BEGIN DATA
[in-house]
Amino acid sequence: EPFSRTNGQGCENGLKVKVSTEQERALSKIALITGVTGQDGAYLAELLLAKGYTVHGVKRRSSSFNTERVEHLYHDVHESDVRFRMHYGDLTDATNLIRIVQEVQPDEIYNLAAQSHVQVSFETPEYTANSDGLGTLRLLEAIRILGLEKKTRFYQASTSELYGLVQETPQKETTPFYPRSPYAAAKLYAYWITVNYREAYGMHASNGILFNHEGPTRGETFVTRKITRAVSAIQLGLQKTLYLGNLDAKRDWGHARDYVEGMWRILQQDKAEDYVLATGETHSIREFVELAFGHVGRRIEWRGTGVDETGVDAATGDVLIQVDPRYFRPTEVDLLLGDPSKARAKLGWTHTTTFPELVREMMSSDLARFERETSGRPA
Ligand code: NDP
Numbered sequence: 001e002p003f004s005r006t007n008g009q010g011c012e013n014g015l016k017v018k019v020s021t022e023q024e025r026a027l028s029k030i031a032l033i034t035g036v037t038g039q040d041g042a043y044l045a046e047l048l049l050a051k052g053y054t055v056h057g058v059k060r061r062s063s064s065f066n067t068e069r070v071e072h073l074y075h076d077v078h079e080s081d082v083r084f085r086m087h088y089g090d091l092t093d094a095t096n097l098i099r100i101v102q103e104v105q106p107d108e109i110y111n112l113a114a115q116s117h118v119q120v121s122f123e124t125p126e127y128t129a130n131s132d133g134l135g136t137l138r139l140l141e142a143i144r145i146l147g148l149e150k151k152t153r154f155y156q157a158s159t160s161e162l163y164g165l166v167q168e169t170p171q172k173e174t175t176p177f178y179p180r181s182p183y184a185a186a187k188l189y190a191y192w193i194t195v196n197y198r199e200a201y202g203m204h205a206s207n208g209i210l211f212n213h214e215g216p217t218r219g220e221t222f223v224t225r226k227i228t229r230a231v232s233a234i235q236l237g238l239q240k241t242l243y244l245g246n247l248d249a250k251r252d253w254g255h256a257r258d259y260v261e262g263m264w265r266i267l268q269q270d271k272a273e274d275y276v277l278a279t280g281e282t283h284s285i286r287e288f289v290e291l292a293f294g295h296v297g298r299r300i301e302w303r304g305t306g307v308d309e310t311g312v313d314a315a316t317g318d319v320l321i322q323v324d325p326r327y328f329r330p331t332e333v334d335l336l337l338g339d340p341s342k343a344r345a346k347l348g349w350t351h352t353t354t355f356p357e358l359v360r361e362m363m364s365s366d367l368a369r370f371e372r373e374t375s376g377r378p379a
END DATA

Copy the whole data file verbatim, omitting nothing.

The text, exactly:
[in-house]
Amino acid sequence: EPFSRTNGQGCENGLKVKVSTEQERALSKIALITGVTGQDGAYLAELLLAKGYTVHGVKRRSSSFNTERVEHLYHDVHESDVRFRMHYGDLTDATNLIRIVQEVQPDEIYNLAAQSHVQVSFETPEYTANSDGLGTLRLLEAIRILGLEKKTRFYQASTSELYGLVQETPQKETTPFYPRSPYAAAKLYAYWITVNYREAYGMHASNGILFNHEGPTRGETFVTRKITRAVSAIQLGLQKTLYLGNLDAKRDWGHARDYVEGMWRILQQDKAEDYVLATGETHSIREFVELAFGHVGRRIEWRGTGVDETGVDAATGDVLIQVDPRYFRPTEVDLLLGDPSKARAKLGWTHTTTFPELVREMMSSDLARFERETSGRPA
Ligand code: NDP
Numbered sequence: 001e002p003f004s005r006t007n008g009q010g011c012e013n014g015l016k017v018k019v020s021t022e023q024e025r026a027l028s029k030i031a032l033i034t035g036v037t038g039q040d041g042a043y044l045a046e047l048l049l050a051k052g053y054t055v056h057g058v059k060r061r062s063s064s065f066n067t068e069r070v071e072h073l074y075h076d077v078h079e080s081d082v083r084f085r086m087h088y089g090d091l092t093d094a095t096n097l098i099r100i101v102q103e104v105q106p107d108e109i110y111n112l113a114a115q116s117h118v119q120v121s122f123e124t125p126e127y128t129a130n131s132d133g134l135g136t137l138r139l140l141e142a143i144r145i146l147g148l149e150k151k152t153r154f155y156q157a158s159t160s161e162l163y164g165l166v167q168e169t170p171q172k173e174t175t176p177f178y179p180r181s182p183y184a185a186a187k188l189y190a191y192w193i194t195v196n197y198r199e200a201y202g203m204h205a206s207n208g209i210l211f212n213h214e215g216p217t218r219g220e221t222f223v224t225r226k227i228t229r230a231v232s233a234i235q236l237g238l239q240k241t242l243y244l245g246n247l248d249a250k251r252d253w254g255h256a257r258d259y260v261e262g263m264w265r266i267l268q269q270d271k272a273e274d275y276v277l278a279t280g281e282t283h284s285i286r287e288f289v290e291l292a293f294g295h296v297g298r299r300i301e302w303r304g305t306g307v308d309e310t311g312v313d314a315a316t317g318d319v320l321i322q323v324d325p326r327y328f329r330p331t332e333v334d335l336l337l338g339d340p341s342k343a344r345a346k347l348g349w350t351h352t353t354t355f356p357e358l359v360r361e362m363m364s365s366d367l368a369r370f371e372r373e374t375s376g377r378p379a